Some of the most studied phenomena include:
- The complex and now pervasive interactions between science, technology and society, both in general and, more specifically, in fields wrongly assumed to be relatively unaffected by social dynamics, such as the biosciences and material sciences;
- The transition processes on a global scale towards forms of sustainable energy, which are bringing into question consolidated lifestyles, patterns of production and social and decision-making mechanisms;
- The production of new tensions, driven by technological progress, between equally widespread and powerful but conflicting social demands, such as those between privacy and surveillance, between privacy and self-exposure (opinions, feelings, intimacies or one’s own body, for example through social networks) or between surveillance and human rights;
- Progressive changes in gender relations in the wake of a growing appetite for social equality, which, however, come up against strong and unexpected resistance, even in social sectors that are apparently most open to change as well as the growing importance of an intersectional approach that structurally links gender dynamics with other forms of social discrimination;
- The processes of change that are affecting science and technology organizations, due to increasing and complex interactions with ever broader sectors of society;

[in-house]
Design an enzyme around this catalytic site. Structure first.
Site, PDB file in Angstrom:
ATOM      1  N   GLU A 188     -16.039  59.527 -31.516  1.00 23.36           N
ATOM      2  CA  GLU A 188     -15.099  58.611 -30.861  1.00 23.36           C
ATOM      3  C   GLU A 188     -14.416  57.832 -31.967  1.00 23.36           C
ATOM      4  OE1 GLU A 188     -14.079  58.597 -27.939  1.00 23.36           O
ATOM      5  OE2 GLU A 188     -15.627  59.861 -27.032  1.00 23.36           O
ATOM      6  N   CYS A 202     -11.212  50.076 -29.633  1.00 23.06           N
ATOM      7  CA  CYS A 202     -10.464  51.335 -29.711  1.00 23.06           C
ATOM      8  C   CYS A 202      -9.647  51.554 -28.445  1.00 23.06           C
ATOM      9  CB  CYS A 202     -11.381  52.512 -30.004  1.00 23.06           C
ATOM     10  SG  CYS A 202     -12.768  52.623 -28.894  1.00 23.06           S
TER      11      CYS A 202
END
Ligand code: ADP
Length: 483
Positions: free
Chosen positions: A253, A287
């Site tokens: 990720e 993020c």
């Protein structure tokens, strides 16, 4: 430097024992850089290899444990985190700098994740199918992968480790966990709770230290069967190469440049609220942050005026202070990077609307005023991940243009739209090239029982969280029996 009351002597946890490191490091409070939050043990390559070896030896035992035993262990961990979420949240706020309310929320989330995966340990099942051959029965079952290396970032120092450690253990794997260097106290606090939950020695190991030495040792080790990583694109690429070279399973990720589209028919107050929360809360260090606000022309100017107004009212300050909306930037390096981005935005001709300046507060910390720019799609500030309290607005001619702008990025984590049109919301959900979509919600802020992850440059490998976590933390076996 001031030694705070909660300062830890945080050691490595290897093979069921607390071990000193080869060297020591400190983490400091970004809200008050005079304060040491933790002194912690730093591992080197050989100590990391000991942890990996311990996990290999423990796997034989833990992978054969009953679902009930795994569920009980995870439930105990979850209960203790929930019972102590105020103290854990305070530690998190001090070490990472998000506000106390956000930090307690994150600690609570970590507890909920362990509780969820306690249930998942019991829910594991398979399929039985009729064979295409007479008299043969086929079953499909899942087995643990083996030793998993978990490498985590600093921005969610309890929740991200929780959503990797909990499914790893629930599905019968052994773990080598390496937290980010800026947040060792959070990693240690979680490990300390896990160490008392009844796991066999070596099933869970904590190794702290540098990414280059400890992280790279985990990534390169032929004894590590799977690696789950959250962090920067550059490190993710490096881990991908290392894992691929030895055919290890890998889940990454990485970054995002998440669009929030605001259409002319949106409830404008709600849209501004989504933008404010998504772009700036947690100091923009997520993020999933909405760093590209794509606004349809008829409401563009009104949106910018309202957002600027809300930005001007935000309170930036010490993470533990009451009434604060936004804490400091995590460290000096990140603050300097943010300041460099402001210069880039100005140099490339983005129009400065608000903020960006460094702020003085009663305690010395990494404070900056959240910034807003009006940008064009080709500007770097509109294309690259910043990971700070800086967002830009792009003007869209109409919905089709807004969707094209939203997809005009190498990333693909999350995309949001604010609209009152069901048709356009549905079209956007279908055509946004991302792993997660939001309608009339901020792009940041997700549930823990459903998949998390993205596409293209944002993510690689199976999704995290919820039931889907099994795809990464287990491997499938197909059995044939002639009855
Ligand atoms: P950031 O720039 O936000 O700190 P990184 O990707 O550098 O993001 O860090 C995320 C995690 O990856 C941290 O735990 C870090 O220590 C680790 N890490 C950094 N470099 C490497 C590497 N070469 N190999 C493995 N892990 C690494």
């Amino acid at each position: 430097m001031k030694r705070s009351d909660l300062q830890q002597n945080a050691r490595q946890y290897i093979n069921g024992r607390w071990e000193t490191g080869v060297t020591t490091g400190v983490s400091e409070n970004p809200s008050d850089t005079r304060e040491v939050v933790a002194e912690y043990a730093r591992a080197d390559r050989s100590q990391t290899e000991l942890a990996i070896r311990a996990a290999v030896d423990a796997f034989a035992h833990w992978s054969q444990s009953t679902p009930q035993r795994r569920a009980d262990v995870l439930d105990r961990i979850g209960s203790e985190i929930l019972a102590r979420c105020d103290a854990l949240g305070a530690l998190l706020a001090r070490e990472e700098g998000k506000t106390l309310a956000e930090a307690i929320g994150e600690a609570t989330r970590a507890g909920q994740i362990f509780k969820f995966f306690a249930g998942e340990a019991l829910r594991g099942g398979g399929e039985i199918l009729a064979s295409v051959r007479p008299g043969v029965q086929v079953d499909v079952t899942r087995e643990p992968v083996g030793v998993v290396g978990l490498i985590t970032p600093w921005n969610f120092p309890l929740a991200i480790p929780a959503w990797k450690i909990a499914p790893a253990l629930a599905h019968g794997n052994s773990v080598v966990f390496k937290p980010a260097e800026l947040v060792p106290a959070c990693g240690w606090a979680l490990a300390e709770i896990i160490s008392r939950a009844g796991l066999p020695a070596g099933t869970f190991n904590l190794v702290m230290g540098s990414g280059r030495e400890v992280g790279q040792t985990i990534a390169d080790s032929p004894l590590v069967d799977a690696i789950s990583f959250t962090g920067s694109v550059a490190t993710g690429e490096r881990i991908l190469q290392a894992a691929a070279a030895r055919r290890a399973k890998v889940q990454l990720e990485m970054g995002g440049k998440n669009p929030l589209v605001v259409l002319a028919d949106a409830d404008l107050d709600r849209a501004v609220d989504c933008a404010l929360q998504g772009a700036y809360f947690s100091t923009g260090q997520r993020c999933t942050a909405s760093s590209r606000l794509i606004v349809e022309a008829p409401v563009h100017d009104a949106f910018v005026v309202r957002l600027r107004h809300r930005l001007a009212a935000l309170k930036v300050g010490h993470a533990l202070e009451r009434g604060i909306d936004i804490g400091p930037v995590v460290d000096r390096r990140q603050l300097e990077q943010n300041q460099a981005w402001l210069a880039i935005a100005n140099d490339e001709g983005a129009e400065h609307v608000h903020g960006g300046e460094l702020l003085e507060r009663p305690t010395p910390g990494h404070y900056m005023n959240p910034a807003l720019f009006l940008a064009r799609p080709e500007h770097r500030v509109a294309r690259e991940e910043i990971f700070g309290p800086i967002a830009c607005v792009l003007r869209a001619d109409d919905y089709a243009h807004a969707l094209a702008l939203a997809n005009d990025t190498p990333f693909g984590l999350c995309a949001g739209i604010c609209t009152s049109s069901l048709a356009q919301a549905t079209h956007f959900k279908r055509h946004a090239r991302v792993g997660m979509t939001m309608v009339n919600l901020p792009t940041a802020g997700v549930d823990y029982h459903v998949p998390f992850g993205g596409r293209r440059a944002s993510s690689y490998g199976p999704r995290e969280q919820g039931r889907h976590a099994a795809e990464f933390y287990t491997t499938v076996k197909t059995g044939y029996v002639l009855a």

- The increasingly complex mechanisms underlying poverty and social exclusion that lead to phenomena that are even very different from each other and in which social factors play an ever-greater role;
- The emergence of new forms of governance in contemporary societies in areas such as law enforcement, welfare facilities and civil defence, in a more general (and often painful) context of the transformation of traditional institutions of political representation and public administration.
Applied research activities are conducted through projects that closely tie the production of new knowledge to real actions, such as training, evaluation, technical assistance for projects involving social development or institutional change, science communication, consultancy, as well as the production of guidelines and other tools that can help set new policies or change existing ones.